NCERT Solutions for Class 11 Biology Chapter 12
NCERT Solutions for Class 11 Biology Chapter 12 Mineral Nutrition in PDF form to free download or Study online without downloading updated for new academic session 2020-2021. Download NCERT Solutions of other subjects and latest NCERT Books also.Ask your queries in Discussion Forum to share your views with your friends.
NCERT Solutions for Class 11 Biology Chapter 12
|Chapter 12:||Mineral Nutrition|
Class 11 Biology Chapter 12 Solutions in English
NCERT Solutions for Class 11 Biology Chapter 12 in PDF form free download in English Medium. NCERT Books 2020-2021 as well as Offline Apps are also available to download in PDF form following the latest CBSE Syllabus. Join the discussion forum to ask your doubts and generate a poll to know the view of other users. NIOS is the option to complete your schooling from home.
Important Terms on Mineral Nutrition
1. Autotroph: An organism that sythesize its required nutrients from simple and inorganic substance; Example-plants, blue green algae (cyanobacteria)
2. Heterotroph: An organism that cannot synthesise its own nutrients and depend on others. Example-Bacteria, protists, members of animalia.
3. Biological nitrogen fixation: Conversion of atmospheric nitrogen into organic compounds by living organisms.
A process of conversion of nitrate into nitrous oxide and nitrogen gas (N2).
Leg-hemoglobin: Pinkish pigment found in the root nodules of legumes.
1. Conversion of ammonia (NH3) into nitrite and then to nitrate.
It acts as oxygen scavenger and protects the nitrogenase enzyme from oxidation.
2. Mineral Nutrition: Plants require mineral elements for their growth and development. The utilization of various absorbed ions by a plant for growth and development is called mineral nutrition of the plant.
3. Hydroponics: Soil-less culture of plants, where roots are immersed in nutrient solution (without soil) is called hydroponics. The result obtained from hydroponics may be used to determine deficiency symptoms of essential elements.
1. The movement of ions is called flux. Influx is inward movement of ions into the cells and efflux is the outward movement of ions.
2. Inhibition of cell division: Deficiency of N, K, S. and Mo.
3. Necrosis: Death of tissues particularly leaf tissue due to deficiency of Ca, Mg, Cu, K.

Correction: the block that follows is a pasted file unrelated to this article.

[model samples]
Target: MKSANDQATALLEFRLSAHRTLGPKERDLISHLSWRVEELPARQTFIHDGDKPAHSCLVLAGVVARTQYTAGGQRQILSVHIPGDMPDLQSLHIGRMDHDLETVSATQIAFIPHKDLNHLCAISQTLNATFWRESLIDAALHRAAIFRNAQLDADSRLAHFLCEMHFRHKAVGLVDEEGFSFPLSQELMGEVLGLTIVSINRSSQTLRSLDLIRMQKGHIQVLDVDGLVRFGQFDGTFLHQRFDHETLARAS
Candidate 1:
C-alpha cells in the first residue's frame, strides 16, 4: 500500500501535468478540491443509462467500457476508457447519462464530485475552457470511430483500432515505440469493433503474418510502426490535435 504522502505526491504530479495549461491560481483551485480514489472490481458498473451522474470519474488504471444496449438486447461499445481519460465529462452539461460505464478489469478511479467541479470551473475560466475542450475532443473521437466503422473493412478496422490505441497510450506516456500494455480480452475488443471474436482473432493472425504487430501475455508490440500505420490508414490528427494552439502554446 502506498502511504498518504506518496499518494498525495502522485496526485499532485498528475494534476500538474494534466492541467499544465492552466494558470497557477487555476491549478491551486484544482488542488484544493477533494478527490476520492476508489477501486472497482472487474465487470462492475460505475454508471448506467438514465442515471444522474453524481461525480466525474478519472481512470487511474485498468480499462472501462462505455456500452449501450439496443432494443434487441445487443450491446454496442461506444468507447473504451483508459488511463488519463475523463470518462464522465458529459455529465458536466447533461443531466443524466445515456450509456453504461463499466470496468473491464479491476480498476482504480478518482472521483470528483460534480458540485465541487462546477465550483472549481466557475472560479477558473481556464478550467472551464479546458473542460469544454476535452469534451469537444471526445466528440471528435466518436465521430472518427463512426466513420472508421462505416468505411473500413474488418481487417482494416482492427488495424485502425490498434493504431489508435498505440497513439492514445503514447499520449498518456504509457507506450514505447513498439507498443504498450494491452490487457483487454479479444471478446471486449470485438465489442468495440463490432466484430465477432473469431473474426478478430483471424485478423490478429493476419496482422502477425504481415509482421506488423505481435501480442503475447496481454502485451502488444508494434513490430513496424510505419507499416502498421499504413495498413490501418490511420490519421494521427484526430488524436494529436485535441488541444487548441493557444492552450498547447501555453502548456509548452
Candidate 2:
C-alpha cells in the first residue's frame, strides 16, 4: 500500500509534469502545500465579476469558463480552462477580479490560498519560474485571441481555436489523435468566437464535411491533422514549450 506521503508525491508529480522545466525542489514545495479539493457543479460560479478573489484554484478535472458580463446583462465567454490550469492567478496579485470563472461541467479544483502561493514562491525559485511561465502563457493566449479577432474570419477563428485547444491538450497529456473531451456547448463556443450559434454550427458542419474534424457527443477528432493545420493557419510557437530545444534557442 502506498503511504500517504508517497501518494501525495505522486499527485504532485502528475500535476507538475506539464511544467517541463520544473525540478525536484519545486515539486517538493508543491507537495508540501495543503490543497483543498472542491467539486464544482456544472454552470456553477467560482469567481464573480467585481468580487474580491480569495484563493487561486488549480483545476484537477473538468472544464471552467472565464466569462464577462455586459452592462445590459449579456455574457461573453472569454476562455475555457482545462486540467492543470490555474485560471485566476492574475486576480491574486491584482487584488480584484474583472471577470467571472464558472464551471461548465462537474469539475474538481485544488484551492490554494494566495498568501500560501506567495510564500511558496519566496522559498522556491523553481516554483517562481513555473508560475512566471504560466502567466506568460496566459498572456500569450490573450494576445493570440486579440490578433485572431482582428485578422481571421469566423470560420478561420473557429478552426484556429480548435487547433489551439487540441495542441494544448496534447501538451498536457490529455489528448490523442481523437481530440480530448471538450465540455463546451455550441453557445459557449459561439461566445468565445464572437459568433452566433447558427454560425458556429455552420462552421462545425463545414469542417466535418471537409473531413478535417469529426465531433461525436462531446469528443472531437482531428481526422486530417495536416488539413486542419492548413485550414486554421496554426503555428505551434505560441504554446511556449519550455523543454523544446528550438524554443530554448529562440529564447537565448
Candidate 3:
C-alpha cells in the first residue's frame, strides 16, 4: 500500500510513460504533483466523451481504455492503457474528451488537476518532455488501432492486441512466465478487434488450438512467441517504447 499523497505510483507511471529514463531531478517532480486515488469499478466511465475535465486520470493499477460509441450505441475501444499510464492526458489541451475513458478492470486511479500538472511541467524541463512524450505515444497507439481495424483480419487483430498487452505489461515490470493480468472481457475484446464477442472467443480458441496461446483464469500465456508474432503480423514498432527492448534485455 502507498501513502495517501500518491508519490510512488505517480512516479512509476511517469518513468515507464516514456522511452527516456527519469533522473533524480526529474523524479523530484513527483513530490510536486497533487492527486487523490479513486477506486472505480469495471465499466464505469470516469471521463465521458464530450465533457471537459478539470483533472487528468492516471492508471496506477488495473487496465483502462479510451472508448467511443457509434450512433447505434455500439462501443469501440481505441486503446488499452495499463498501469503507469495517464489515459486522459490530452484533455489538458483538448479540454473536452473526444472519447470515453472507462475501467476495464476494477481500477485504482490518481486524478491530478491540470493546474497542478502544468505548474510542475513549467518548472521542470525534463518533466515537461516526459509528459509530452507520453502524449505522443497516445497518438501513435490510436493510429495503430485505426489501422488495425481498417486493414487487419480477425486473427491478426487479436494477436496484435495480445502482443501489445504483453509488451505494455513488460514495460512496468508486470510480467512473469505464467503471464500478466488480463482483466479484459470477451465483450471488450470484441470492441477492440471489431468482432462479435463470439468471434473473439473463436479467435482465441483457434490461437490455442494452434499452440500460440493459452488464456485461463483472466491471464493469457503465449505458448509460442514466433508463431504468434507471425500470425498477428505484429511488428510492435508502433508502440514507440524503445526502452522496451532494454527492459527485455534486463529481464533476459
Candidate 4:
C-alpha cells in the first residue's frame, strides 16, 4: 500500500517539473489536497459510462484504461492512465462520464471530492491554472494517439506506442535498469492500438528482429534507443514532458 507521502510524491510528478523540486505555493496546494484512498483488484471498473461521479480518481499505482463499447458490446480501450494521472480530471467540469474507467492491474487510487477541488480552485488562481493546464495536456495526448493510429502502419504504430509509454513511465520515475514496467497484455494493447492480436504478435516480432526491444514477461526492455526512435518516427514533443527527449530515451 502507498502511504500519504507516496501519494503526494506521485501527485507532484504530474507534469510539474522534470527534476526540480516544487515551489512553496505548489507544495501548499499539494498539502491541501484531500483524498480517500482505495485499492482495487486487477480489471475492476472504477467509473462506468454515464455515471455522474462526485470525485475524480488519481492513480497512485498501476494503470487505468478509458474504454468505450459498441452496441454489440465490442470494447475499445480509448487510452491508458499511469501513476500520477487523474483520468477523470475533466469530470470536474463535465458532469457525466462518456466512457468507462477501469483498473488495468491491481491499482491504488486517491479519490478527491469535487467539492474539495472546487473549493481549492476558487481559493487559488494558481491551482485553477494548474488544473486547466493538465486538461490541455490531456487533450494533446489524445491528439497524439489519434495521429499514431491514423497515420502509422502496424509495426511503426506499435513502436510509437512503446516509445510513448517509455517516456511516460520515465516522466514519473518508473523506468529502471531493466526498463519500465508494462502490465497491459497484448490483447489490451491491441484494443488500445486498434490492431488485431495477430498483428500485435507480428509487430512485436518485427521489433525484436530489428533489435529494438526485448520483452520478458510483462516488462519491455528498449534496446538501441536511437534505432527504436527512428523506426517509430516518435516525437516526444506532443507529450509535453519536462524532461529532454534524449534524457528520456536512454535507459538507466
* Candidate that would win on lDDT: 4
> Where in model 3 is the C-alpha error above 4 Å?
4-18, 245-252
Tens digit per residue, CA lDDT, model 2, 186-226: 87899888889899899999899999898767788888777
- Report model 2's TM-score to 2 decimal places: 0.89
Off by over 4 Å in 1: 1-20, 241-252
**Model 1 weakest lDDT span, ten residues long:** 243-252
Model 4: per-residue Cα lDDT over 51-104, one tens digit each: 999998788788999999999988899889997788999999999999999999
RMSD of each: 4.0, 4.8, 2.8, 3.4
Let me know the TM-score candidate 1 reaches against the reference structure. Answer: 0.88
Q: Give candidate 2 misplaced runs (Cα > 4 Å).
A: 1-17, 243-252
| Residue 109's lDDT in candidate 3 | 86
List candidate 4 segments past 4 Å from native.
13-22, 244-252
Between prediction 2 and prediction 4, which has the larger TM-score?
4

4. Delayed Flowering: due to deficiency of N, S, Mo.
Criteria for essentiality
1. The element must be necessary for supporting normal growth and reproduction.
2. Requirement must be specific and not replaceable by another element.
3. The element must be directly involved in the metabolism of the plant.
Important Terms related to Chapter 12
1. Chlorosis: Yellowing of leaves due to loss of chlorophyll.
2. Active Transport: Absorption occurring at the expense of metabolic energy.
3. Passive Transport: Absorption of minerals with concentration gradient by the process of diffusion without the expense of metabolic energy.
Important Questions on 11th Biology Chapter 12
Micronutrients: They are also called trace elements and are present in plant bodies in very small amounts, i.e., amounts less than 10 m mole kg– 1 of dry matter. Examples include cobalt, manganese, zinc, etc.
Beneficial nutrients: They are plant nutrients that may not be essential, but are beneficial to plants. Sodium, silicon, cobalt and selenium are beneficial to higher plants.
Toxic elements: Micronutrients are required by plants in small quantities. An excess of these nutrients may induce toxicity in plants. For example, when manganese is present in large amounts, it induces deficiencies of iron, magnesium, and calcium by interfering with their metabolism.
Essential elements: These elements are absolutely necessary for plant growth and reproduction. The requirement of these elements is specific and non-replaceable.
They are further classified as macro and micro-nutrients.
Inhibition of cell division
Stunted plant growth
Chlorosis or loss of chlorophyll leads to the yellowing of leaves. It is caused by the deficiencies of nitrogen, potassium, magnesium, sulphur, iron, manganese, zinc, and molybdenum.
Necrosis is the death of plant tissues as a result of the deficiencies of calcium, magnesium, copper, and potassium.
Inhibition of cell division is caused by the deficiencies of nitrogen, potassium, sulphur, and molybdenum.
Delayed flowering is caused by the deficiencies of nitrogen, sulphur, and molybdenum.
Stunted plant growth is a result of the deficiencies of copper and sulphur.
In a similar way, the deficiency of a nutrient can cause the same symptom as that caused by the deficiency of another nutrient. For example, necrosis is caused by the deficiency of calcium, magnesium, copper, and potassium.
Another point to be considered is that different plants respond in different ways to the deficiency of the same nutrient.
Hence, to identify the nutrient deficient in a plant, all the symptoms developed in its different parts must be studied and compared with the available standard tables.
During the initial phase or apoplast, there is a rapid uptake of nutrients from the soil into the free spaces of plant cells. This process is passive and it usually occurs through trans-membrane proteins and ion-channels.
In the second phase or symplast, the ions are taken slowly into the inner spaces of the cells. This pathway generally involves the expenditure of energy in the form of ATP.